The Talking Greeks: Speech, Animals, and the Other in Homer, Aeschylus, and Plato

The Talking Greeks: Speech, Animals, and the Other in Homer, Aeschylus, and Plato

by John Heath

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Overview

What drove the ancient Greeks to explore human nature and invent Western politics? This book argues that the Greeks believed speech made humans different from other animals. But, this zoological comparison also provided the metaphorical means for viewing those 'lacking' authoritative speech--women, barbarians, and slaves, etc.--as bestial. This link between speech, humanity, and status is revealed through close study of both Homeric epics, classical Athenian culture, Aeschylus' Oresteia, and Plato's Dialogues.

Product Details

ISBN-13: 9780521117784
Publisher: Cambridge University Press
Publication date: 07/30/2009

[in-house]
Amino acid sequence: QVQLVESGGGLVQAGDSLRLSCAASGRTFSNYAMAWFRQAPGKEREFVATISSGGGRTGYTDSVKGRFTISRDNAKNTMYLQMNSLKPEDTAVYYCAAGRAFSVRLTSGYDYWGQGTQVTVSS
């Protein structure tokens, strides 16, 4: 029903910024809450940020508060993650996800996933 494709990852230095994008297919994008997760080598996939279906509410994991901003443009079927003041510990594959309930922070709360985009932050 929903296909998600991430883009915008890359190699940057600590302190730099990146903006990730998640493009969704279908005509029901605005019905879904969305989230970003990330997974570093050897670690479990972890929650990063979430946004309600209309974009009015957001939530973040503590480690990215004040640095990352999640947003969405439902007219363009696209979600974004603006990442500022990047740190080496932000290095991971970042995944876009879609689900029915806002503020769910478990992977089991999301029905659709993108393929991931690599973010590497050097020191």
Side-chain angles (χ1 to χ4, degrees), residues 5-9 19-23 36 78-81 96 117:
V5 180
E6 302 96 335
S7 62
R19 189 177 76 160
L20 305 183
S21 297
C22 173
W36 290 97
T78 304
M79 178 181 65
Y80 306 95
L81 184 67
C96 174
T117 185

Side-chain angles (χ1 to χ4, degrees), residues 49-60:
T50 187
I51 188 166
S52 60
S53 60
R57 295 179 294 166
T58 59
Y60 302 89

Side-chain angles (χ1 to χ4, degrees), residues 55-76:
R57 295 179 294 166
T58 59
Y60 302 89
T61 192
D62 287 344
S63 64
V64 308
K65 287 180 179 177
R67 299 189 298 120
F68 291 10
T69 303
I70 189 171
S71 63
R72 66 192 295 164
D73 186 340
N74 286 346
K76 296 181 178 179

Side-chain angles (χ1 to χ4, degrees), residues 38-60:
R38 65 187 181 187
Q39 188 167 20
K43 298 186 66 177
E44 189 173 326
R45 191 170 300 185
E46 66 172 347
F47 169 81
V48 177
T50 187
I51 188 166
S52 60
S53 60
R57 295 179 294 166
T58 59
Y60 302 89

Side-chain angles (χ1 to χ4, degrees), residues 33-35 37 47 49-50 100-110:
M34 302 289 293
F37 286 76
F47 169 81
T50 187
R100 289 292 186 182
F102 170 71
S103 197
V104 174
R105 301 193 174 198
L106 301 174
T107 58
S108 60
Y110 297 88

Edition description: Reissue
Pages: 404
Product dimensions: 6.00(w) x 8.90(h) x 1.10(d)

About the Author

John Heath is Professor of Classics at Santa Clara University. He is the author of numerous articles on Latin and Greek literature, myth and culture. His previous publications include Actaeon, the Unmannerly Intruder (1992), Who Killed Homer? (with Victor Davis Hanson) (1998, revised edition, 2001) and Bonfire of the Humanities (with Victor Davis Hanson and Bruce Thornton) (2001).

Table of Contents

Introduction; Part I. Speech, Animals, and Human Status in Homer: 1. Bellowing like a bull: humans and other animals in Homer; 2. Controlling language: Telemachus learns to speak; 3. Talking through the heroic code: Achilles learns to tell tales; Part II. Listening for the Other in Classical Greece: 4. Making a difference: the silence of otherness; Part III. Speech, Animals, and Human Status in Classical Athens: 5. Disentangling the beast: humans and other animals in the Oresteia; 6. Socratic silence: the shame of the Athenians; Epilogue.

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